The sad part is that WWP has done some very fine things. But these will be lost in the fog of unethical behavior. And even worse is how the scandal has reinforced an already existing skepticism about charitable organizations.

Corruption is a terrible thing and a terrible temptation. Unmonitored power just makes self-benefit too easy. It hurts everyone.

I think of the countless millions that the WWP has raised and spent on themselves and I think of the great contrast with our own All the Way Home program in which we strive to address the invisible wounds of war. We operate with the veritable crumbs from under the Wounded Warrior’s table and even so we try to do a lot with a little. It would be a blessing to have more to work with. But one thing I know: Whatever we become or realize I simply do not want to resemble in any form or degree that which has consumed the WWP. We are just meant to be more than that.

Sorry vets. Sorry donors and people of strong heart. The many are still true and filled with integrity regardless of the excess of the few.

Carrie Newcomer in Concert!

Posted: February 23, 2016 in Uncategorized
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Yes! Singer-Songwriter Carrie Newcomer will be in concert on Saturday, March 5, 7pm, at Broadway Christian Church, Columbia, Missouri. You may secure tickets at the church on weekdays during office hours, Sunday mornings, or online. Click the following link to download the full flyer which you may print and pass on. Come be a part of the moment!

Carrie-Concert-Flyer

It is sometimes trite to repeat the obvious. But sometimes the obvious hasn’t been so obvious. One of those obvious but often missed things is this: No one ever returns from war unchanged. However well prepared, however resilient, however well duty was performed, the soul of the warrior bears the scars that every human must when put in that situation. War exacts a severe toll for those who are sent and return. And returning in all respects – mind, relationships, spirit, vocation – is the last and difficult part of the journey, the long way home. Who could possibly understand? How can I fit in here? Is there a place for me in the world now?

All the Way Home is  a Mid-Missouri organization dedicated to assisting those warriors who carry the invisible wounds of war to come all the way home. It takes a community to do that, to bring those we sent back home. As a balm against the isolation we are creating ways for these veterans to gain access to one-on-one compassionate companions, small taking circle support and events like our March 4-5 retreat, Walking Home with our Combat Veterans.It will take place at the Cedar Creek Lodge and Retreat center just outside of Columbia, Missouri. The cost of the event for veterans – which includes room, board and program – is absolutely free.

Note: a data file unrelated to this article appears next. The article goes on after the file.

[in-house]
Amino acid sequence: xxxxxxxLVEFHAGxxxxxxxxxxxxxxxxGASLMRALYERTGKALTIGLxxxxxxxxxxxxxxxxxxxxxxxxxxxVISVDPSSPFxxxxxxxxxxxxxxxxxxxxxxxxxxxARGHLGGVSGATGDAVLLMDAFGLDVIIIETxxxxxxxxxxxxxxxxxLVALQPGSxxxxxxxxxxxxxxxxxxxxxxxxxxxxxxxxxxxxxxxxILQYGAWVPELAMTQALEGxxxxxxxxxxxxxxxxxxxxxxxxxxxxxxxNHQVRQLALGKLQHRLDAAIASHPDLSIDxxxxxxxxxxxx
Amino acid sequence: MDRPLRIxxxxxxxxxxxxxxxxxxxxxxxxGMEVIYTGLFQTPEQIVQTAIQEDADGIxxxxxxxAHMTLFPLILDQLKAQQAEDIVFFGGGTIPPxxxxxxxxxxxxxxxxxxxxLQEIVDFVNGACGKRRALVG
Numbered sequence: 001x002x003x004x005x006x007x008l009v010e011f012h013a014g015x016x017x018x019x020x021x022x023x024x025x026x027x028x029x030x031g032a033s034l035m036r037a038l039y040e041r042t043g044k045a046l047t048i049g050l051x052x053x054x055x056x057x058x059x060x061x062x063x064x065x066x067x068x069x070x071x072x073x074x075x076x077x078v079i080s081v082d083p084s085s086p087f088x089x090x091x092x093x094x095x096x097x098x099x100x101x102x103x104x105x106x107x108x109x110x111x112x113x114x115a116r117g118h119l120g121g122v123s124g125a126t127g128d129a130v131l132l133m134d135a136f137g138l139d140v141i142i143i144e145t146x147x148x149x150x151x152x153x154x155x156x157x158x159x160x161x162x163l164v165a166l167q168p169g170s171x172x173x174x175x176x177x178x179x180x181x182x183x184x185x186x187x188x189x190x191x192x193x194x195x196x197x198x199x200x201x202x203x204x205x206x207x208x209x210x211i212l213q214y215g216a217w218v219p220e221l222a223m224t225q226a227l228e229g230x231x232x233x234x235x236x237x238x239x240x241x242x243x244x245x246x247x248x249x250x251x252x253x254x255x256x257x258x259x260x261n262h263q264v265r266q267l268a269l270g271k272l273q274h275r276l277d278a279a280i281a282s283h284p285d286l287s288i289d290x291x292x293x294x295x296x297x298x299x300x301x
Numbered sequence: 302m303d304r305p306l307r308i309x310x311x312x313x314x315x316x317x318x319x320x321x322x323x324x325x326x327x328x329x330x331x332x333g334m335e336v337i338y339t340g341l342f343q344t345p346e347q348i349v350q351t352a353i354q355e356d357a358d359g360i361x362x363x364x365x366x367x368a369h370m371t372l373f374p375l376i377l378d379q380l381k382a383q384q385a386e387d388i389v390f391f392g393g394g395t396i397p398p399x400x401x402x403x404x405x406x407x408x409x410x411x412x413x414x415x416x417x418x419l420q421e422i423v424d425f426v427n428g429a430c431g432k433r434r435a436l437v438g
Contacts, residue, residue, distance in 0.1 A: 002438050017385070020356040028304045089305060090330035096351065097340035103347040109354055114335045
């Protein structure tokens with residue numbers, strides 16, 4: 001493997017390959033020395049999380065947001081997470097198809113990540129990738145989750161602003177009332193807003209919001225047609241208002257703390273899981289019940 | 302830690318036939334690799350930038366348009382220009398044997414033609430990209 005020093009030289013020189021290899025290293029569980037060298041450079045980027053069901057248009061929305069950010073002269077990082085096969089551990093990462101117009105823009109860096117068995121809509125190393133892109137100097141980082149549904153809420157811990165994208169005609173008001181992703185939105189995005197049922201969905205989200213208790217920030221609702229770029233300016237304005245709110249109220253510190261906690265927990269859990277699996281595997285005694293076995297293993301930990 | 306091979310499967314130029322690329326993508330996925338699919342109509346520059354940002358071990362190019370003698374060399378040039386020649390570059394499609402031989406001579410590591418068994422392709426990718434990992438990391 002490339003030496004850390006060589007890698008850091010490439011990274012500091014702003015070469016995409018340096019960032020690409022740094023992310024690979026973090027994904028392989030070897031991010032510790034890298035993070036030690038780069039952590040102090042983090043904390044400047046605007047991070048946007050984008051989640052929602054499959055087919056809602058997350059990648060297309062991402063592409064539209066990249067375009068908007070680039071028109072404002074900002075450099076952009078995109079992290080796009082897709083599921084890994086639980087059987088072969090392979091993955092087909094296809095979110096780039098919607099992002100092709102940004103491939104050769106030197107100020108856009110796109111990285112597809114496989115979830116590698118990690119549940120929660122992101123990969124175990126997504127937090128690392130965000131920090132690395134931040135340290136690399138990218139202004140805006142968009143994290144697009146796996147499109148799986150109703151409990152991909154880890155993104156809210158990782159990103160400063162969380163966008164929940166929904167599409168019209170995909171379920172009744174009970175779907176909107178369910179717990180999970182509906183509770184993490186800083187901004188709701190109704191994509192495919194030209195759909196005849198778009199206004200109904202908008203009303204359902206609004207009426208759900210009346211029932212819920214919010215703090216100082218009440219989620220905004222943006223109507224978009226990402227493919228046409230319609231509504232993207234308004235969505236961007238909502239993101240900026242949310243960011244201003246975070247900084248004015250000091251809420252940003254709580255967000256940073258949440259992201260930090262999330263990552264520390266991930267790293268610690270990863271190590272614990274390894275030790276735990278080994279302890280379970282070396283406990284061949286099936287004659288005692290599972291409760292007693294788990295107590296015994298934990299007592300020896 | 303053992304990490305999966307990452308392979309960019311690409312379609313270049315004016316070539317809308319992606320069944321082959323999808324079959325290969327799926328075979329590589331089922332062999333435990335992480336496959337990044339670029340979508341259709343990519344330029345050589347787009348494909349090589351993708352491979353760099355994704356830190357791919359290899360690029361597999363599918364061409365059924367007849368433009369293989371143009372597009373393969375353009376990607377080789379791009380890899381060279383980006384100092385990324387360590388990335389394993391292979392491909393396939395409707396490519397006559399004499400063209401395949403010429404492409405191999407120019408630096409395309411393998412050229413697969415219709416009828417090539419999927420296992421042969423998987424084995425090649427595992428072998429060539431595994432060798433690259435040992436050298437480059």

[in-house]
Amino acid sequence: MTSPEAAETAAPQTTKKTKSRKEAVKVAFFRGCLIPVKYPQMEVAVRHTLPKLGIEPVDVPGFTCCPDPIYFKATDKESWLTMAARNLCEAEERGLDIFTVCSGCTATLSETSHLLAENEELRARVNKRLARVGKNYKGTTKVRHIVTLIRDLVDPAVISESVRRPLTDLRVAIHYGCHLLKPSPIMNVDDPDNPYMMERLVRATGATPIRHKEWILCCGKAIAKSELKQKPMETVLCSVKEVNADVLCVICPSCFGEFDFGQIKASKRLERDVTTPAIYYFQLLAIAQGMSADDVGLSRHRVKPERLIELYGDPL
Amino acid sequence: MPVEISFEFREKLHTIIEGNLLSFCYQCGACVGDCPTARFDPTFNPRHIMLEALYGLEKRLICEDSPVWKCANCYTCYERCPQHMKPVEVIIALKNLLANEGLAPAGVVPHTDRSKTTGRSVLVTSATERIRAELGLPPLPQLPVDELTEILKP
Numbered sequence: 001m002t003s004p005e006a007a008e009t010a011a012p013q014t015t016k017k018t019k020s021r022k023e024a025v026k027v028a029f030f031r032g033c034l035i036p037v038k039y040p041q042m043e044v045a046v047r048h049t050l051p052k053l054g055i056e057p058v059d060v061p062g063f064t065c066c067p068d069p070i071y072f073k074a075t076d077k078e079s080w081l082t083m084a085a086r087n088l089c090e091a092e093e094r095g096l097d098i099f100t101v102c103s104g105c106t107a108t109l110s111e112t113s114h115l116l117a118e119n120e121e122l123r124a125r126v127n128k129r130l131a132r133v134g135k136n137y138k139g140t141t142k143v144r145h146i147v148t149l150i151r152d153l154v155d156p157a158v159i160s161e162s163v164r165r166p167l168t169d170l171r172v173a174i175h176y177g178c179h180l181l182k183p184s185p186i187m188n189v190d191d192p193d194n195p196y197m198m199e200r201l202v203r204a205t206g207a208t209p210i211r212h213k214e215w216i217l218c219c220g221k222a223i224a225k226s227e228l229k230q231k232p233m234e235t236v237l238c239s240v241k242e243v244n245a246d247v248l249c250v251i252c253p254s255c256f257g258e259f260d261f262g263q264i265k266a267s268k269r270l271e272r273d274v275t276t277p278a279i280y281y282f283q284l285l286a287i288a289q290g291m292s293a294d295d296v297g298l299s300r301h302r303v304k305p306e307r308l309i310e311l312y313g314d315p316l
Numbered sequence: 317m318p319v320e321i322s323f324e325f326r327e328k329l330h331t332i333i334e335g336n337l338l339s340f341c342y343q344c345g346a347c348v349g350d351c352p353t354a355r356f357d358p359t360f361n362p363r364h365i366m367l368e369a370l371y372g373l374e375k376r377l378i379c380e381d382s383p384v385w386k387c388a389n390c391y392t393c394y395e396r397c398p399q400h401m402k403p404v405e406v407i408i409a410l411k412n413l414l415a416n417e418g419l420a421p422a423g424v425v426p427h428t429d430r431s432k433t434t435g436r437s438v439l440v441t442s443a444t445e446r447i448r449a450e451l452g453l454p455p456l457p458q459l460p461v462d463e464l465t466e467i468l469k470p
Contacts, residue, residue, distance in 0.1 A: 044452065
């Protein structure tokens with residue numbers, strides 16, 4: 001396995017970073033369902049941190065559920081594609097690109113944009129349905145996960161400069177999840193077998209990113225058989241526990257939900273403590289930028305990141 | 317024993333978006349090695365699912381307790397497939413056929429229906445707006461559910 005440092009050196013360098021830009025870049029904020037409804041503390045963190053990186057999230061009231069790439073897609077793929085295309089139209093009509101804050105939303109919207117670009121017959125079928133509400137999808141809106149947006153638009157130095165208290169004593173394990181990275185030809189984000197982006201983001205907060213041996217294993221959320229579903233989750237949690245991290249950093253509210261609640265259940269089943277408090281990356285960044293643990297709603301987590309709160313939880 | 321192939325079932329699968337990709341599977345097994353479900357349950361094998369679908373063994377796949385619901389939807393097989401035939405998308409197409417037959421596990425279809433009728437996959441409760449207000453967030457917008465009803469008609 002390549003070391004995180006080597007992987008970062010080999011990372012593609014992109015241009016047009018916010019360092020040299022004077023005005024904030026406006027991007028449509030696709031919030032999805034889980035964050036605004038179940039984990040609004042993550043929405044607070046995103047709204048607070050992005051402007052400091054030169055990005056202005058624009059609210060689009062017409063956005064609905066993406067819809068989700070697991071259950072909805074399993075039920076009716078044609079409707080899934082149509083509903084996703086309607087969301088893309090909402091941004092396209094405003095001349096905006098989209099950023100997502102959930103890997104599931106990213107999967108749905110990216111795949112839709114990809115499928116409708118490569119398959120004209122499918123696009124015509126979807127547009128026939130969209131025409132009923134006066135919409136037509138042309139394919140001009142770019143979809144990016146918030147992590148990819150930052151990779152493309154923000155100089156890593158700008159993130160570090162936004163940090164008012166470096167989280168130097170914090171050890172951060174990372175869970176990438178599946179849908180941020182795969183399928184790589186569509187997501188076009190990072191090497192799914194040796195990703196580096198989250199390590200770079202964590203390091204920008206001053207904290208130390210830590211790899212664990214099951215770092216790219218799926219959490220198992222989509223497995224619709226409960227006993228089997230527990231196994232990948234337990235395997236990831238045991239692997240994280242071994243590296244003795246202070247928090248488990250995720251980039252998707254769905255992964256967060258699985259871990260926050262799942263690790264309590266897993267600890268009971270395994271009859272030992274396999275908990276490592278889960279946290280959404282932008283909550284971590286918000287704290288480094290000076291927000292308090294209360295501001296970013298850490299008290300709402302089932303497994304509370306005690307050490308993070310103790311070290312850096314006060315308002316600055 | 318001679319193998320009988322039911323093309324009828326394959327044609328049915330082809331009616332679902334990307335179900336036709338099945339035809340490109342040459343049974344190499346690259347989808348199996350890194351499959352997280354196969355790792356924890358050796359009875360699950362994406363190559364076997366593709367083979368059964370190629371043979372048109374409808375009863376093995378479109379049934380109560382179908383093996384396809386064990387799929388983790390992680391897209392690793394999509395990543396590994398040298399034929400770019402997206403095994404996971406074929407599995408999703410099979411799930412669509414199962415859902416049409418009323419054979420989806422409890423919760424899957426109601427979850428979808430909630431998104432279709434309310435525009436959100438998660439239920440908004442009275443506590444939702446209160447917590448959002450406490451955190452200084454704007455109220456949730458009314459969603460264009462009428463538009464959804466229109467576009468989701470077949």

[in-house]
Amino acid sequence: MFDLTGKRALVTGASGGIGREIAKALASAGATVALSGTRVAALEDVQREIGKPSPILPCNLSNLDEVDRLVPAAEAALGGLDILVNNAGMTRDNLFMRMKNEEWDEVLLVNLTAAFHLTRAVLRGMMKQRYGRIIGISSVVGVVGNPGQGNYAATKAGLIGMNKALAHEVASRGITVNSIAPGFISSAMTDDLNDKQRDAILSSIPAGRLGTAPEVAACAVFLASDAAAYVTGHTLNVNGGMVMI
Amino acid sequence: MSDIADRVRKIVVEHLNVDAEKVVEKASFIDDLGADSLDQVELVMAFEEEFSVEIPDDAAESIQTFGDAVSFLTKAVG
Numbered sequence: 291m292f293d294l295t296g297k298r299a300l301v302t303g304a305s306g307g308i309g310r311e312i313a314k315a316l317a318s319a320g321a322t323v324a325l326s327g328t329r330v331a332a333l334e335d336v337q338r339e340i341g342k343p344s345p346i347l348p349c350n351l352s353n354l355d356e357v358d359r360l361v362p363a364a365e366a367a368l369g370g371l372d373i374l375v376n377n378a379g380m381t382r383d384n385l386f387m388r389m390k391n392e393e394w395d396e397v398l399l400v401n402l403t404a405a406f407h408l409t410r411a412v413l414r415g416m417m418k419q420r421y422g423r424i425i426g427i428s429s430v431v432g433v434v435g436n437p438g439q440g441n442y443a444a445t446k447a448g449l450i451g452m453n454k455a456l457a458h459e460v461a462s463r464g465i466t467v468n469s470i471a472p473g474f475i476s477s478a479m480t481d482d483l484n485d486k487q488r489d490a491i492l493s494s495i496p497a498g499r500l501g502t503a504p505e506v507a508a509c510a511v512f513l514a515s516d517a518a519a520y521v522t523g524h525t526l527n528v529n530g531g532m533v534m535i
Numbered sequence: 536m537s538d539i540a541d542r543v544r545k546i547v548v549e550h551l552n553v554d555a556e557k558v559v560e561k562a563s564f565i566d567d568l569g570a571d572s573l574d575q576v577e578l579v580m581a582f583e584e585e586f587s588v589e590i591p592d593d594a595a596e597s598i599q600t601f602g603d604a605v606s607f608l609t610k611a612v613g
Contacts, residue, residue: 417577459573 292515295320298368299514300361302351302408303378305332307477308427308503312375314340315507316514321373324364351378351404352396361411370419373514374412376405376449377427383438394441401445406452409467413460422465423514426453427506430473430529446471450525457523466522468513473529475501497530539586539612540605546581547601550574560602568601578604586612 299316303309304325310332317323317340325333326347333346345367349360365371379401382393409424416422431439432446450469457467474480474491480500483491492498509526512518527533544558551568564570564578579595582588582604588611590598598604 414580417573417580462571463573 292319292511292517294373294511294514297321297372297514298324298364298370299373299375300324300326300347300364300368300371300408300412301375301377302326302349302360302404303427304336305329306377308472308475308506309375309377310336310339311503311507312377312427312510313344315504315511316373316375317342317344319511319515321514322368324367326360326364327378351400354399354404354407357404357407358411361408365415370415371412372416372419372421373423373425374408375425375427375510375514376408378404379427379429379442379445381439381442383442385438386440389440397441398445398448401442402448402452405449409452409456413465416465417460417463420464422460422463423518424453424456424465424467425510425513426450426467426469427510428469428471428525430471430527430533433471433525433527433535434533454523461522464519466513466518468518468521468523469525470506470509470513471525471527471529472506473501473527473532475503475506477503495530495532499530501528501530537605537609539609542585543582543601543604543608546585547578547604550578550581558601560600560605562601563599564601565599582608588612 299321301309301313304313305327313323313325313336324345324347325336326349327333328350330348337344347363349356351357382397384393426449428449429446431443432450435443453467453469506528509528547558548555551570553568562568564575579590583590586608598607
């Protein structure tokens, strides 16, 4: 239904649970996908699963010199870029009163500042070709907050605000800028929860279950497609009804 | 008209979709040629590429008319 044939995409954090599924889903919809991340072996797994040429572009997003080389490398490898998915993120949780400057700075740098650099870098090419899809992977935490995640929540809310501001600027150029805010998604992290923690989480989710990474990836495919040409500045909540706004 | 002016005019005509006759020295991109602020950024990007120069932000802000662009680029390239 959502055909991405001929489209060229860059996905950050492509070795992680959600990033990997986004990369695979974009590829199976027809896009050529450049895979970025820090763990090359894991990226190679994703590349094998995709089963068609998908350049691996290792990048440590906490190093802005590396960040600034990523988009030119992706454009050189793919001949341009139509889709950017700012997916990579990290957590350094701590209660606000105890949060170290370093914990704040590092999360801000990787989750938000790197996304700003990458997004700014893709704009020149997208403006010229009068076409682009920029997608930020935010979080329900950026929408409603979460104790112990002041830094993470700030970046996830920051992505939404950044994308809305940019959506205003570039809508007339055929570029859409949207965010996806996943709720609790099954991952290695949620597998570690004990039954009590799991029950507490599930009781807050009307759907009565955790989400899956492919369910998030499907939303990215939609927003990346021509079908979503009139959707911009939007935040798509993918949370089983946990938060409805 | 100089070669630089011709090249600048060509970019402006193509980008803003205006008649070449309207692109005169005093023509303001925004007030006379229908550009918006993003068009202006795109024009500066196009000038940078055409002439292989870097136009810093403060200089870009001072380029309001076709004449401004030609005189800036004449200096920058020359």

This interactive and supportive retreat will address the core issues veterans face as they make the journey home. Our special guest presenters include the Rev. Dr. John Schluep and singer/songwriter Carrie Newcomer. We will provide relaxed and unhurried time to explore the struggles and tools for continuing adjustment and transformation.

As a capstone to the weekend Carrie Newcomer will be in concert on Saturday, March 5, 7pm, in the sanctuary of Broadway Christian Church, 2601 W. Broadway. The tickets are $12 and may be purchased online, the Broadway church office during office hours or at the door.

Please consider passing the news of the retreat to veterans you may know who are struggling. You may download the Retreat brochure. Veterans may register through the All the Way Home Webpage. And promote the concert to everyone you know. The public is cordially invited.

 

Get Fat Inside

Posted: February 15, 2016 in Uncategorized
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If you want a contrasting voice on the spiritual journey and personal growth, one that breaks away from the formulaic pack, this is your book. Patricia Farmer is a proponent of living large on the inside, growing past the limits and tight confines we and others have drawn for ourselves. You will find all of this and more in Fat Soul. Get your copy and start reading it day by day. You won’t be sorry!

I have been reading Chris Jennings’ wonderful new book, Paradise Now: The Story of American Utopianism (Random House, 2016). 19th century America was filled with all manner of utopian movements, some that lasted a long time and others that were short-lived. The founders of each of the movements often had similar practical hopes but held them for different reasons. They often knew of the existence of other movements and in fact studied the pros and cons of others in an attempt to best found or improve their own.

Many had religious millennial expectations that the close of the age was near and pulled apart to create a faithful, ordered harmonious community in waiting. Others were purely secular, not only founding their ideal community for this-worldly reasons but naming religion as the problem. Most of them, in the effort to create a way of life that was a beautiful one, pulled apart from dominant culture and pursued a communal method of sharing property and responsibility and restructured typical familial relationships.